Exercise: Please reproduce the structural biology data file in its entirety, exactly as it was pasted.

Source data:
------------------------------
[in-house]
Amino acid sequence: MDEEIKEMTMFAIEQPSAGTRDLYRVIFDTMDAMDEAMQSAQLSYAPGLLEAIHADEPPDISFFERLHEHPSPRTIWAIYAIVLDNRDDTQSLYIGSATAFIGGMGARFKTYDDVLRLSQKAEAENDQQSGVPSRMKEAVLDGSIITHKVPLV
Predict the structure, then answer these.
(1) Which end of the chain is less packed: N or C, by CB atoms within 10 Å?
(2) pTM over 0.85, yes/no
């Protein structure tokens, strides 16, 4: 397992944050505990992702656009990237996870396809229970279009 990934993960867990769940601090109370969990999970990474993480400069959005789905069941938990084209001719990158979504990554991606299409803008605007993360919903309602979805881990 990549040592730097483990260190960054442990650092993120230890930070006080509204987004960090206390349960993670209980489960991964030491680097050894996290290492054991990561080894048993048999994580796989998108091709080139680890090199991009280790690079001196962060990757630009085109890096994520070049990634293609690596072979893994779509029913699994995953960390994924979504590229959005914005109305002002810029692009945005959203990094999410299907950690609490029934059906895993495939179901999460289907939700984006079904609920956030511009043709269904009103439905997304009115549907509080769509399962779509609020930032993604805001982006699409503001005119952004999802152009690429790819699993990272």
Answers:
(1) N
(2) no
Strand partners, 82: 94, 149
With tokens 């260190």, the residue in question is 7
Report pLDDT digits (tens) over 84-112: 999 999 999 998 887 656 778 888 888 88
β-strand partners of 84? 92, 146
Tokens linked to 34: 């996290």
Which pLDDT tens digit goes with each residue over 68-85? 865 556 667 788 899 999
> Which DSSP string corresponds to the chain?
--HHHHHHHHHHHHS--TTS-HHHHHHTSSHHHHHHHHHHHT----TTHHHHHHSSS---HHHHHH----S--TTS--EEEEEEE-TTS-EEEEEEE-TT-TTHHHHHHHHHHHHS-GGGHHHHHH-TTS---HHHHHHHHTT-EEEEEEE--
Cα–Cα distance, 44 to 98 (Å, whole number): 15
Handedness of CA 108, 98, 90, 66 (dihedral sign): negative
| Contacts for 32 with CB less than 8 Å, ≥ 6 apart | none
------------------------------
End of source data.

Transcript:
[in-house]
Amino acid sequence: MDEEIKEMTMFAIEQPSAGTRDLYRVIFDTMDAMDEAMQSAQLSYAPGLLEAIHADEPPDISFFERLHEHPSPRTIWAIYAIVLDNRDDTQSLYIGSATAFIGGMGARFKTYDDVLRLSQKAEAENDQQSGVPSRMKEAVLDGSIITHKVPLV
Predict the structure, then answer these.
(1) Which end of the chain is less packed: N or C, by CB atoms within 10 Å?
(2) pTM over 0.85, yes/no
């Protein structure tokens, strides 16, 4: 397992944050505990992702656009990237996870396809229970279009 990934993960867990769940601090109370969990999970990474993480400069959005789905069941938990084209001719990158979504990554991606299409803008605007993360919903309602979805881990 990549040592730097483990260190960054442990650092993120230890930070006080509204987004960090206390349960993670209980489960991964030491680097050894996290290492054991990561080894048993048999994580796989998108091709080139680890090199991009280790690079001196962060990757630009085109890096994520070049990634293609690596072979893994779509029913699994995953960390994924979504590229959005914005109305002002810029692009945005959203990094999410299907950690609490029934059906895993495939179901999460289907939700984006079904609920956030511009043709269904009103439905997304009115549907509080769509399962779509609020930032993604805001982006699409503001005119952004999802152009690429790819699993990272």
Answers:
(1) N
(2) no
Strand partners, 82: 94, 149
With tokens 């260190």, the residue in question is 7
Report pLDDT digits (tens) over 84-112: 999 999 999 998 887 656 778 888 888 88
β-strand partners of 84? 92, 146
Tokens linked to 34: 């996290």
Which pLDDT tens digit goes with each residue over 68-85? 865 556 667 788 899 999
> Which DSSP string corresponds to the chain?
--HHHHHHHHHHHHS--TTS-HHHHHHTSSHHHHHHHHHHHT----TTHHHHHHSSS---HHHHHH----S--TTS--EEEEEEE-TTS-EEEEEEE-TT-TTHHHHHHHHHHHHS-GGGHHHHHH-TTS---HHHHHHHHTT-EEEEEEE--
Cα–Cα distance, 44 to 98 (Å, whole number): 15
Handedness of CA 108, 98, 90, 66 (dihedral sign): negative
| Contacts for 32 with CB less than 8 Å, ≥ 6 apart | none